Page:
The informant is my film partner (referred to as MR) who has a Jewish mother and was raised Jewish. This is the recipe his Jewish grandmother has passed down for Matzo Ball Soup. He said his grandmother was living in Florida before she passed, despite having lived most of her life in New Jersey in a primarily Jewish community. He says, Matzo Ball Soup is a Jewish dish served at Passover.
Ingredients (taken down from a handwritten note in the recipe book):
- 4 large eggs
- ¼ cup “schmaltz” rendered chicken fat or coconut oil
- ¼ cup chicken stock
- 1 cup matzo meal
- ¼ teaspoon ground nutmeg
- 1 to 2 tablespoons freshly grated ginger
- 2 tablespoons finely chopped parsley
- 1 teaspoon Allspice
MR: “While the recipe is written down, my grandmother has it memorized and tells me the directions by heart. I can’t make it by heart, but I know the directions she has told me several times while I watch her in the kitchen.”
The informant then looks at the recipe to remind himself of the steps.
MR: She told me to put the eggs, schmaltz, chicken stock, matzo, ginger, nutmeg, and parsley in a large bowl. And then add in the salt and Allspice. Mix a little with a spoon, and cover and then place in the refrigerator overnight.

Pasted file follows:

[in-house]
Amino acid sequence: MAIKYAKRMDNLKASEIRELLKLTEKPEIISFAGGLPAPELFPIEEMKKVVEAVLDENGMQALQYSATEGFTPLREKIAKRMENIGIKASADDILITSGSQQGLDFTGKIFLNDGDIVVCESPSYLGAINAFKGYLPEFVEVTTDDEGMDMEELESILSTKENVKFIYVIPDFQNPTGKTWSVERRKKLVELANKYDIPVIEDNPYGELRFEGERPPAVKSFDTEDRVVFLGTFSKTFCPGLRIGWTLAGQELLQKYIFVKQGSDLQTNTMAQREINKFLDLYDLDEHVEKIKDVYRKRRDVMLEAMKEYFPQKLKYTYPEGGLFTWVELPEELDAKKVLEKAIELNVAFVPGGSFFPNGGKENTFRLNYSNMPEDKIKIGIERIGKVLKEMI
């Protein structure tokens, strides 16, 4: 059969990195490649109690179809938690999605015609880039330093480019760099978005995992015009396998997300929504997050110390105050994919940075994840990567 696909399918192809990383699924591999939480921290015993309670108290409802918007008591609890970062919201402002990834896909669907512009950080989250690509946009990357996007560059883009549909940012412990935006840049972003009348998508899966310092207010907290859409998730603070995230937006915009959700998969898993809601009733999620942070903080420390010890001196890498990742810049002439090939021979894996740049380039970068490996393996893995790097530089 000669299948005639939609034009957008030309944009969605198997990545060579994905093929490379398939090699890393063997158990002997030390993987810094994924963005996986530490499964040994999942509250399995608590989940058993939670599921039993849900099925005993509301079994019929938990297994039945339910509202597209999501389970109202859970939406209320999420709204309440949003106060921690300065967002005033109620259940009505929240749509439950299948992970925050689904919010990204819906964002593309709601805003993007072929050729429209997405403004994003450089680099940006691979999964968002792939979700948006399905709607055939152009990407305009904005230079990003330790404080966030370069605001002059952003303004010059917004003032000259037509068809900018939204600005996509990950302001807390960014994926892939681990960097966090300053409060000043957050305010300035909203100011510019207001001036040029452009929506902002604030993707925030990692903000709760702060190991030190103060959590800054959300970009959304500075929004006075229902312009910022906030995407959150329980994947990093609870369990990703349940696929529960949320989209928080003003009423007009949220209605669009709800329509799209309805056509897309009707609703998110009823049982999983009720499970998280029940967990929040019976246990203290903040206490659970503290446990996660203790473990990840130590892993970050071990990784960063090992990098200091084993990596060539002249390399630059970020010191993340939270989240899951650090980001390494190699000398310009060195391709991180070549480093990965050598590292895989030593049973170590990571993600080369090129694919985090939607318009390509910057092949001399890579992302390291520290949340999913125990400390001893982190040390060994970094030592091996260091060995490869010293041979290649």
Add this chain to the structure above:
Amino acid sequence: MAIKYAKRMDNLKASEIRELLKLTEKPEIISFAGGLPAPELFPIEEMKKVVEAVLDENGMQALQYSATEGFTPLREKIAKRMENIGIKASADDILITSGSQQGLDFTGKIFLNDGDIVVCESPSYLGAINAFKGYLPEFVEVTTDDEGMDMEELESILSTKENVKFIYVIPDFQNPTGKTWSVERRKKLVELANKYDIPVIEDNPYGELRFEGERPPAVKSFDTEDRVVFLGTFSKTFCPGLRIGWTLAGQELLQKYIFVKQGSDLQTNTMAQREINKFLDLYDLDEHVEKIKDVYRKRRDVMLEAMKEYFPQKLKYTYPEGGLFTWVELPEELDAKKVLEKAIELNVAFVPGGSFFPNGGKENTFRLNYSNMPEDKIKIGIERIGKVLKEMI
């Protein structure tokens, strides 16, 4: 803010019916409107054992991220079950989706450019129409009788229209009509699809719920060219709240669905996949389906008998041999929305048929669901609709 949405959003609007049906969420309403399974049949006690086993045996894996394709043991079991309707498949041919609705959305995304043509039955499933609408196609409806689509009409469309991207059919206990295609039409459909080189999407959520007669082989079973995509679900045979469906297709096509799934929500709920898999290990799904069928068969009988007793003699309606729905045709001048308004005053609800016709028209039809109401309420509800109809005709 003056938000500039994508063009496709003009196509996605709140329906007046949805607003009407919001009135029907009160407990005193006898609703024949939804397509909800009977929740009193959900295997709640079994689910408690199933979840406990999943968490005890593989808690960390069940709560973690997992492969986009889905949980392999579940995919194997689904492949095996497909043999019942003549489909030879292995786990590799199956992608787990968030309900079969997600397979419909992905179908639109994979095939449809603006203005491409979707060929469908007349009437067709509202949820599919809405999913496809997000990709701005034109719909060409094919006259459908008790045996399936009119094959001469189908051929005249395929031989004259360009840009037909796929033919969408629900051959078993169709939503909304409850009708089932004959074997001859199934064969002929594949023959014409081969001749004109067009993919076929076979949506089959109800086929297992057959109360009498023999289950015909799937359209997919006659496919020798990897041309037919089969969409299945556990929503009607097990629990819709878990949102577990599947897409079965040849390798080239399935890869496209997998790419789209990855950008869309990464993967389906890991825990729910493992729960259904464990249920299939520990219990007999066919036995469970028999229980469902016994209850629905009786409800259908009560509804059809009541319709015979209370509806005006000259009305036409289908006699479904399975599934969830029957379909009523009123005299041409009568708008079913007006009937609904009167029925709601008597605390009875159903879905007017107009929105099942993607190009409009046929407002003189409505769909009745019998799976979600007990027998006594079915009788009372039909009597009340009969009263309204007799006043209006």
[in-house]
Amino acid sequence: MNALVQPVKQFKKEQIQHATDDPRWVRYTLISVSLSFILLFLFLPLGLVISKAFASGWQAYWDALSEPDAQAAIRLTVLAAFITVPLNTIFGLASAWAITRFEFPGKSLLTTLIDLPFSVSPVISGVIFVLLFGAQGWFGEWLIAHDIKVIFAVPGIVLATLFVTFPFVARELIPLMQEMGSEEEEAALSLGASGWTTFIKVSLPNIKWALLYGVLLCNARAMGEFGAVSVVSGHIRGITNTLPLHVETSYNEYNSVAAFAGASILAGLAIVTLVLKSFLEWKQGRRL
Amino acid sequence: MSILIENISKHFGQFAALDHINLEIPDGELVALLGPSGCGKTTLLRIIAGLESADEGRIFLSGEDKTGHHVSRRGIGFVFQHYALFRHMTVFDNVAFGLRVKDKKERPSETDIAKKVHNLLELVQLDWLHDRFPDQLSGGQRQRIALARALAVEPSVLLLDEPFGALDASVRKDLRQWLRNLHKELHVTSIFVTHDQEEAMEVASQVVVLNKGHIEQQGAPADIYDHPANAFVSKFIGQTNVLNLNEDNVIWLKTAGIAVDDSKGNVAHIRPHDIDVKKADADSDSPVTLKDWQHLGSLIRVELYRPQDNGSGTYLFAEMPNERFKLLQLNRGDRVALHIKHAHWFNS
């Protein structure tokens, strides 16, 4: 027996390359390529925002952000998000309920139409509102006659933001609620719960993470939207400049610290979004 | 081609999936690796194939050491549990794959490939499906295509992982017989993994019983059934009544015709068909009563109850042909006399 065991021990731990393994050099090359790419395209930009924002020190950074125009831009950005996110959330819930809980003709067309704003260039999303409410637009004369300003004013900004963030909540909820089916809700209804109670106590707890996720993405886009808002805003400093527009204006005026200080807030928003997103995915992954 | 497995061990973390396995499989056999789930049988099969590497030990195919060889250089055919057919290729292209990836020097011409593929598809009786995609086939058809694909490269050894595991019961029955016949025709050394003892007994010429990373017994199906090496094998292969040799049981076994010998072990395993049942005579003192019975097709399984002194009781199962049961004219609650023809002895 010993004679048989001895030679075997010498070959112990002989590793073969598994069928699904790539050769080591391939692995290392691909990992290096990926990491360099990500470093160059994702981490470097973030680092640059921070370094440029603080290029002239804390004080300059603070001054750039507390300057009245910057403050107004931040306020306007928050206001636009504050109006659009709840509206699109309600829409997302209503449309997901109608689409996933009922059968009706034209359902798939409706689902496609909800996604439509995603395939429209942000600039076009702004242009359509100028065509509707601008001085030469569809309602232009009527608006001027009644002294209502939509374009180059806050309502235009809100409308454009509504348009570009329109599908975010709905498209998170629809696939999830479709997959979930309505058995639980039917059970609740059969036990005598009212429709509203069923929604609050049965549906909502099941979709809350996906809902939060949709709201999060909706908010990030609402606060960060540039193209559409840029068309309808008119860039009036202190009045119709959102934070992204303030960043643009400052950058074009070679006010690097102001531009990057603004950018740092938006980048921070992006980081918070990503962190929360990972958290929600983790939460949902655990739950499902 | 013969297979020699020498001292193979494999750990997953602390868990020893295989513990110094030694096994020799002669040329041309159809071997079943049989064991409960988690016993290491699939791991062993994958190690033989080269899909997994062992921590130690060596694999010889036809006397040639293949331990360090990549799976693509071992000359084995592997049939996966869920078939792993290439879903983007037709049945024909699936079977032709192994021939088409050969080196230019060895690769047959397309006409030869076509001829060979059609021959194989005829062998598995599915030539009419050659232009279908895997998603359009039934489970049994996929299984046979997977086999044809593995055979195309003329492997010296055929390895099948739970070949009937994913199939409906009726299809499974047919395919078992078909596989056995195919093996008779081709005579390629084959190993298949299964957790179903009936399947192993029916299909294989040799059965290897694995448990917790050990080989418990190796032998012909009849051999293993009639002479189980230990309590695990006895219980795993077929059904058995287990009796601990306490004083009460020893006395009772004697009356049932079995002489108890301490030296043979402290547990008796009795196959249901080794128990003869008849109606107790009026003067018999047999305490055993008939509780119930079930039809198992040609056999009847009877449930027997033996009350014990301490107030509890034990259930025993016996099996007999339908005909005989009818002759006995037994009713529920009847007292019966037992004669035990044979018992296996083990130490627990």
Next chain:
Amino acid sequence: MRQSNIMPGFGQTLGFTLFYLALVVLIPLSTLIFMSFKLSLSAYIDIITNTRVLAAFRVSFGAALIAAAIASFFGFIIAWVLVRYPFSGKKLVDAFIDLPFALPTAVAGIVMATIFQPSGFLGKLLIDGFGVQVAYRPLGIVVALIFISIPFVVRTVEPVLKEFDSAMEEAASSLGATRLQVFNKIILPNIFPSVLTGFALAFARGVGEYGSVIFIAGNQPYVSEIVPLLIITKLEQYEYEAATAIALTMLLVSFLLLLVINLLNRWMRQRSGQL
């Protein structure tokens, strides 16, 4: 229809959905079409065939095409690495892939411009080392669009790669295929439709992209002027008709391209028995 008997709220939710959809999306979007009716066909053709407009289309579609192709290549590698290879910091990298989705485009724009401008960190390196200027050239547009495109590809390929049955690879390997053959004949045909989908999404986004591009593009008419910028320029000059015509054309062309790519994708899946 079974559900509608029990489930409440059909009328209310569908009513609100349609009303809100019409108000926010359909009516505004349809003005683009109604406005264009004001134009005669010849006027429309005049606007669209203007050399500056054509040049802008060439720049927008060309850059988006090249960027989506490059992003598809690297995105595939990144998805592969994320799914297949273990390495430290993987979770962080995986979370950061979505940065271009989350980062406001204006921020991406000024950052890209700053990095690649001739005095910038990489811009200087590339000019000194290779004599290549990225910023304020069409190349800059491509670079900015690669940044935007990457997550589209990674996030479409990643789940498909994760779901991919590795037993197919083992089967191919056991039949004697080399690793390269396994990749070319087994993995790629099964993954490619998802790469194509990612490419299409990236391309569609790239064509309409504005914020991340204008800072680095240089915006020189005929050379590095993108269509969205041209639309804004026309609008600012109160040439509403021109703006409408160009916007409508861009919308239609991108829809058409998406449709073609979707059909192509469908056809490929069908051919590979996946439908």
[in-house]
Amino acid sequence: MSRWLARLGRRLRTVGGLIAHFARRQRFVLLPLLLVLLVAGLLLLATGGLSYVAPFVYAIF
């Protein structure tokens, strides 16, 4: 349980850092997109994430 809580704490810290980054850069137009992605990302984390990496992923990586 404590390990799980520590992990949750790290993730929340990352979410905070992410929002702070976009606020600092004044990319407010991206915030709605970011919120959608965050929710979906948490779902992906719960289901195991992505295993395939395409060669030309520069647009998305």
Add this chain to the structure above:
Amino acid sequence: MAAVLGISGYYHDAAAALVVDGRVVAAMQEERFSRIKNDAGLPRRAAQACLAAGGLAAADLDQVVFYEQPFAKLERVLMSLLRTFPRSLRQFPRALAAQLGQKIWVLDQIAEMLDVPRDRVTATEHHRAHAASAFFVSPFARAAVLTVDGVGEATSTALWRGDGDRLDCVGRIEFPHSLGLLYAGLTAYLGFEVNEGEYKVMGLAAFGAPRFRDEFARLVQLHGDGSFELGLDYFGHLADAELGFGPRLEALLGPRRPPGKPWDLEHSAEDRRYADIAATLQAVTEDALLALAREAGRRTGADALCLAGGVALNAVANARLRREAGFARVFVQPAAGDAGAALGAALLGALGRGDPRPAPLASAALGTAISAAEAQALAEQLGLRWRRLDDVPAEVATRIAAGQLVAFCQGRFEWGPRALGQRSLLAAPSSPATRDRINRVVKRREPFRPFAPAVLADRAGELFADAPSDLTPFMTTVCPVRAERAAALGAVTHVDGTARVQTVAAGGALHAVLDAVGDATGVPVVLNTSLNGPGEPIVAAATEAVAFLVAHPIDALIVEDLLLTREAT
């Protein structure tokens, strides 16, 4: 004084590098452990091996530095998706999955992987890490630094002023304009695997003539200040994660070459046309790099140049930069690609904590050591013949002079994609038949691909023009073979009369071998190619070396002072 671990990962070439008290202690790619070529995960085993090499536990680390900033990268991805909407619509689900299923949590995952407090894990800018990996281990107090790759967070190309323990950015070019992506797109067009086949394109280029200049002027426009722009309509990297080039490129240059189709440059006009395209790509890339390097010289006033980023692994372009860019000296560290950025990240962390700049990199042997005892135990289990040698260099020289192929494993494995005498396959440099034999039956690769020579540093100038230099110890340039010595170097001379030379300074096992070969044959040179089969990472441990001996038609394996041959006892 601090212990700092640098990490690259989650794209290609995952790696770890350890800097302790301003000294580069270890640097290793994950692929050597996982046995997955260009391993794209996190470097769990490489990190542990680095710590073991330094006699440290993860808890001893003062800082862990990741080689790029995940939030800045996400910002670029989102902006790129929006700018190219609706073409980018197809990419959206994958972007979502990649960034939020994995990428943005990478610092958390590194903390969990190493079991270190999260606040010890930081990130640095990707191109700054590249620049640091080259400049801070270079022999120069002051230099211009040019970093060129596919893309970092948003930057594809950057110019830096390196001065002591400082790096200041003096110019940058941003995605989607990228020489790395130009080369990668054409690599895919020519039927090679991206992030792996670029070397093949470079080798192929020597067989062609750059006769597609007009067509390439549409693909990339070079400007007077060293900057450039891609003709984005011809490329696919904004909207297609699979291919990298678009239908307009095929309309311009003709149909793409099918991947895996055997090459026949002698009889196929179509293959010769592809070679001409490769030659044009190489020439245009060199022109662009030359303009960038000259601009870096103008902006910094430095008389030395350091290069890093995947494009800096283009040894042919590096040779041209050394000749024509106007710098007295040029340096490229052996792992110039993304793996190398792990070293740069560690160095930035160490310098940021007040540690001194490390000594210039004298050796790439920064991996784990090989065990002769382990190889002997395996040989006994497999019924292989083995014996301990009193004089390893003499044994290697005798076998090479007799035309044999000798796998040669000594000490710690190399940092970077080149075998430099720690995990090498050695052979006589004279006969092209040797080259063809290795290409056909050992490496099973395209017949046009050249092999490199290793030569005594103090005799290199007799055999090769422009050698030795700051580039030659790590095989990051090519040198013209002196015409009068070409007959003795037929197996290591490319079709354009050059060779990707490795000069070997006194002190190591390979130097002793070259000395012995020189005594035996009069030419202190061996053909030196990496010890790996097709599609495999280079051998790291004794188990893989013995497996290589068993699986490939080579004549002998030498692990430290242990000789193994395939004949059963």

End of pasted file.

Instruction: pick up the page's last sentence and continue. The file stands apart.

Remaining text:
I remember her holding up a deep brown pan and saying to put the matzo balls in a pan with salted water in order to boil. With wet hands— they have to be wet— take some of the mix and mold it into the size of a golf ball. Put them in boiling water and leave it for about 40 minutes. Then you put them in the soup, that’s it!”
I think this recipe is mainly interesting because it is recalled by heart by his grandmother. This shows how ingrained in the culture Matzo Ball Soup is. For his family and many Jewish families, Matzo Ball soup is a form of folklore in the sense that it is passed down through generations and verbally spoken and memorized. It is sacred in the sense that it commemorates a religious celebration (Passover).